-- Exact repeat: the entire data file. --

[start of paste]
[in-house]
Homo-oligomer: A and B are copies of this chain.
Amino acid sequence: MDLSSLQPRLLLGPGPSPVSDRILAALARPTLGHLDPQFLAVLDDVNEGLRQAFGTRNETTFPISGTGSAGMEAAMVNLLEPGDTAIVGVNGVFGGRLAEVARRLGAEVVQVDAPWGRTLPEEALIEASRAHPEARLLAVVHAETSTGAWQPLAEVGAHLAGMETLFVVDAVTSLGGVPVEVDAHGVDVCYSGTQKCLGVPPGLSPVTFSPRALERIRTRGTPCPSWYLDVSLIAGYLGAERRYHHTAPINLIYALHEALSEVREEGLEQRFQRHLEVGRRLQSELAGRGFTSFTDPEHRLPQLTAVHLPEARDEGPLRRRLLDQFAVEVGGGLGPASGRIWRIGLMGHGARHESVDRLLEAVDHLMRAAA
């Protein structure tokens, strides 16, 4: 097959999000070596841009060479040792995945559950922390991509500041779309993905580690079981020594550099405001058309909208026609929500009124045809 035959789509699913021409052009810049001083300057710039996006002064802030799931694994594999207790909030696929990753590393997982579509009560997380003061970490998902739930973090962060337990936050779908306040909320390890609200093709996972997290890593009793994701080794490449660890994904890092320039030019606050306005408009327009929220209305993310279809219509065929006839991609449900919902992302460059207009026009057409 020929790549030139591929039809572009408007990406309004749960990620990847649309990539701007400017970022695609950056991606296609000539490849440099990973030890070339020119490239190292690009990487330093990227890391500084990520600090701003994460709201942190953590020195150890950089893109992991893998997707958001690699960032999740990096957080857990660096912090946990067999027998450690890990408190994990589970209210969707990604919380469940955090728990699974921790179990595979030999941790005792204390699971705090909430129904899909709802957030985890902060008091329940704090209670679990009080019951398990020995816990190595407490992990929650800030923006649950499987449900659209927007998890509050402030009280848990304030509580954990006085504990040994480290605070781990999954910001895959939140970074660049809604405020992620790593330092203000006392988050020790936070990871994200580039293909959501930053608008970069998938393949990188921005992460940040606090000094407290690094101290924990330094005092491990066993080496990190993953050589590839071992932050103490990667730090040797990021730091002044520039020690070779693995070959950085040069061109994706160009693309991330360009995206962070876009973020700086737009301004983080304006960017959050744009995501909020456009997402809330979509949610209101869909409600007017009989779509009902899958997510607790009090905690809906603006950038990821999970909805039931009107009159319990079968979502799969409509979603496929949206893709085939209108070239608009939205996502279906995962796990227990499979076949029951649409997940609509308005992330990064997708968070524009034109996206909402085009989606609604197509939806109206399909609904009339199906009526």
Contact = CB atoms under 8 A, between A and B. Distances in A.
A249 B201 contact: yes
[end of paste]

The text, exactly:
[in-house]
Homo-oligomer: A and B are copies of this chain.
Amino acid sequence: MDLSSLQPRLLLGPGPSPVSDRILAALARPTLGHLDPQFLAVLDDVNEGLRQAFGTRNETTFPISGTGSAGMEAAMVNLLEPGDTAIVGVNGVFGGRLAEVARRLGAEVVQVDAPWGRTLPEEALIEASRAHPEARLLAVVHAETSTGAWQPLAEVGAHLAGMETLFVVDAVTSLGGVPVEVDAHGVDVCYSGTQKCLGVPPGLSPVTFSPRALERIRTRGTPCPSWYLDVSLIAGYLGAERRYHHTAPINLIYALHEALSEVREEGLEQRFQRHLEVGRRLQSELAGRGFTSFTDPEHRLPQLTAVHLPEARDEGPLRRRLLDQFAVEVGGGLGPASGRIWRIGLMGHGARHESVDRLLEAVDHLMRAAA
């Protein structure tokens, strides 16, 4: 097959999000070596841009060479040792995945559950922390991509500041779309993905580690079981020594550099405001058309909208026609929500009124045809 035959789509699913021409052009810049001083300057710039996006002064802030799931694994594999207790909030696929990753590393997982579509009560997380003061970490998902739930973090962060337990936050779908306040909320390890609200093709996972997290890593009793994701080794490449660890994904890092320039030019606050306005408009327009929220209305993310279809219509065929006839991609449900919902992302460059207009026009057409 020929790549030139591929039809572009408007990406309004749960990620990847649309990539701007400017970022695609950056991606296609000539490849440099990973030890070339020119490239190292690009990487330093990227890391500084990520600090701003994460709201942190953590020195150890950089893109992991893998997707958001690699960032999740990096957080857990660096912090946990067999027998450690890990408190994990589970209210969707990604919380469940955090728990699974921790179990595979030999941790005792204390699971705090909430129904899909709802957030985890902060008091329940704090209670679990009080019951398990020995816990190595407490992990929650800030923006649950499987449900659209927007998890509050402030009280848990304030509580954990006085504990040994480290605070781990999954910001895959939140970074660049809604405020992620790593330092203000006392988050020790936070990871994200580039293909959501930053608008970069998938393949990188921005992460940040606090000094407290690094101290924990330094005092491990066993080496990190993953050589590839071992932050103490990667730090040797990021730091002044520039020690070779693995070959950085040069061109994706160009693309991330360009995206962070876009973020700086737009301004983080304006960017959050744009995501909020456009997402809330979509949610209101869909409600007017009989779509009902899958997510607790009090905690809906603006950038990821999970909805039931009107009159319990079968979502799969409509979603496929949206893709085939209108070239608009939205996502279906995962796990227990499979076949029951649409997940609509308005992330990064997708968070524009034109996206909402085009989606609604197509939806109206399909609904009339199906009526």
Contact = CB atoms under 8 A, between A and B. Distances in A.
A249 B201 contact: yes